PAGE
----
Wally Parks never received the level of recognition he deserved for organizing a renegade group of hot rodders and transforming their passion for speed into a legitimate motor sport that spawned a billion-dollar industry.
The father of drag racing was 94 when he died on Sept. 28.
Parks never sought recognition for himself but always did for the sport he helped legitimize.
He was a trailblazer, and a fast one at that.
His large footprints remain in the Southern Nevada desert, where he and Las Vegas Motor Speedway developer Richie Clyne in 1994 envisioned building the country’s finest quarter-mile facility.
Clyne, who created the concept for the speedway complex as one of its original owners, detailed in a September 2004 interview with the Review-Journal how instrumental Parks was in getting the dragstrip built and helping land an NHRA pro event once the dragstrip was completed in 2000.
“Wally was the key person before we broke ground,” Clyne recalled. “He said we’re going to have a major dragstrip in this town.
“Wally spent lots of time with me. He walked that desert through the cactus and sagebrush with his 100-foot tape, and he was in his early 80s then.
“We did it over and over and over until he found the right spot. I have the utmost respect for that man, and he never took a nickel from me.”
Parks won every major motor sports award for his contributions to racing as founder of the National Hot Rod Association in 1951 when he was editor of Hot Rod magazine. But not enough folks outside drag racing know of his role in not just starting what has become the country’s biggest racing organization but for what it has done to make public streets safer.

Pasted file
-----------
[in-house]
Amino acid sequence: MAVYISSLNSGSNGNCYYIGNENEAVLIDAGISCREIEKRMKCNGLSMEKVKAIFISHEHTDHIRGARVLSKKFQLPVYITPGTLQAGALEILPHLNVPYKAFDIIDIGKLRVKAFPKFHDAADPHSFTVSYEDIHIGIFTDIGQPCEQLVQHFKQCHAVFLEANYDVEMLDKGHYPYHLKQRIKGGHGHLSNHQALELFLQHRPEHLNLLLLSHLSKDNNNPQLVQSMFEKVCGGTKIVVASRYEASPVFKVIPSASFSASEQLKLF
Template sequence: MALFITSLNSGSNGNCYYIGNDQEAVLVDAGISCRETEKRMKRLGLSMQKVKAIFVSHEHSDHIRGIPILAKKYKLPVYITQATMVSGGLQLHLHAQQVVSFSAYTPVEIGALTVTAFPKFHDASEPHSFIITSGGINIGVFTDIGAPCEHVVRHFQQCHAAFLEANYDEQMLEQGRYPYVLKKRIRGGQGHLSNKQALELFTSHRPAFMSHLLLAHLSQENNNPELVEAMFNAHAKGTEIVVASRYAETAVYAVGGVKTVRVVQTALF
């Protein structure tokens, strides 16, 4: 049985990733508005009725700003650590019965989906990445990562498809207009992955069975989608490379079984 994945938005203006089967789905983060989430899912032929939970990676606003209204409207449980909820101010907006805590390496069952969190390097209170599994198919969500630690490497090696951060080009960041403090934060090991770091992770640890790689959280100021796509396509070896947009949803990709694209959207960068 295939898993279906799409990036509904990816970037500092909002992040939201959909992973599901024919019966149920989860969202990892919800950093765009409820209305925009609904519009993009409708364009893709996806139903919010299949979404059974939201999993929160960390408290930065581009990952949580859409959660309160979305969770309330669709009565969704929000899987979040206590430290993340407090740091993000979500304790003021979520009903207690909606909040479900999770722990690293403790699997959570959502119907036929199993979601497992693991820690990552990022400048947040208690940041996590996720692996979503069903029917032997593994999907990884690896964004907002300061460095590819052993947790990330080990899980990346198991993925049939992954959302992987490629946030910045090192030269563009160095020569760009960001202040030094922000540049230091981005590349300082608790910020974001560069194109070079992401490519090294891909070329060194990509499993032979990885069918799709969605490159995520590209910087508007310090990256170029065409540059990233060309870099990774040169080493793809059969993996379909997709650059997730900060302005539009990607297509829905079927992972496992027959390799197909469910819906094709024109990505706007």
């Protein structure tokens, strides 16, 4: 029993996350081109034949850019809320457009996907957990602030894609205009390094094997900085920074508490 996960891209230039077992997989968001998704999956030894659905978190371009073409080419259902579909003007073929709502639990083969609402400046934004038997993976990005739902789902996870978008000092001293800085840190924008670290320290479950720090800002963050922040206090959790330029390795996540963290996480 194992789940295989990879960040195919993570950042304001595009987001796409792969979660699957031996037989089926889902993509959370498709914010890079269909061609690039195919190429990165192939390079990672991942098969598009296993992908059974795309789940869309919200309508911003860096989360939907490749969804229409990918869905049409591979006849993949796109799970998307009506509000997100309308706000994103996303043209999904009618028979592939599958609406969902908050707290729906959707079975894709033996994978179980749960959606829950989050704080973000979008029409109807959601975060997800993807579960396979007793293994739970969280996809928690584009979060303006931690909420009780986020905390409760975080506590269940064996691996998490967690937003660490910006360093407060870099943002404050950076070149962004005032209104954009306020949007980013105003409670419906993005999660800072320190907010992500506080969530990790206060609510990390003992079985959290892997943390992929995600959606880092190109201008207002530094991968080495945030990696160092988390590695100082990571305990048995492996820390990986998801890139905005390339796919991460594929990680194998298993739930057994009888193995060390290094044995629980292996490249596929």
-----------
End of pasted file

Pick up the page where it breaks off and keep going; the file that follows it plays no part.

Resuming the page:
The late Bill France started NASCAR in 1948, three years before Parks push-started the NHRA.
The deaths of France 15 years ago and his heir Bill France Jr. in June were major stories, although the stock-car racing organization has nowhere near the number or participants and members as does the NHRA, which from Day One promoted safety for racers and fans and fought illegal street racing.
Parks understood the tributes to the Frances and applauded their contributions, but Parks’ contributions to society’s greater good far surpasses those of the Frances.
From the West Coast, Parks worked eastward to organize hot rodders, which included many World War II veterans with mechanical skills and derring-do approach to life. Parks helped find safe locations for side-by-side racing.
He rallied law enforcement support to secure suitable patches of pavement for drag racing with rules and safety criteria.
Parks powered drag racing into the main stream, and a byproduct has been a high-performance parts industry that has produced scores of multimillion dollar companies.
NASCAR, which traces its origins to illegal moonshine running in the South, was formed as a promoter’s tool and formed as a dictatorship. However, Parks’ membership-driven NHRA was created as a safe, controlled means for those who wanted to drag race and a vehicle to help organize and grow drag racing nationally.
When the NHRA tour makes its second stop of the year at Las Vegas next week, spectators certainly will be shown a tribute to Parks on the big-screen monitor near the starting line.
When the pros raced at the speedway in April, that screen shared memories of the late Eric Medlen, who died at 33 a few days after a Funny Car testing accident in late March.
Not all the good ones die young.
When you walk from the LVMS parking lot to the dragstrip pit area you cross Wally Parks Lane. Stop for a moment next weekend, bow your head and remember the man who made this great sport possible.
Jeff Wolf’s motor sports column is published Friday. He can be reached at 383-0247 or email@example.com.JEFF WOLFMORE COLUMNS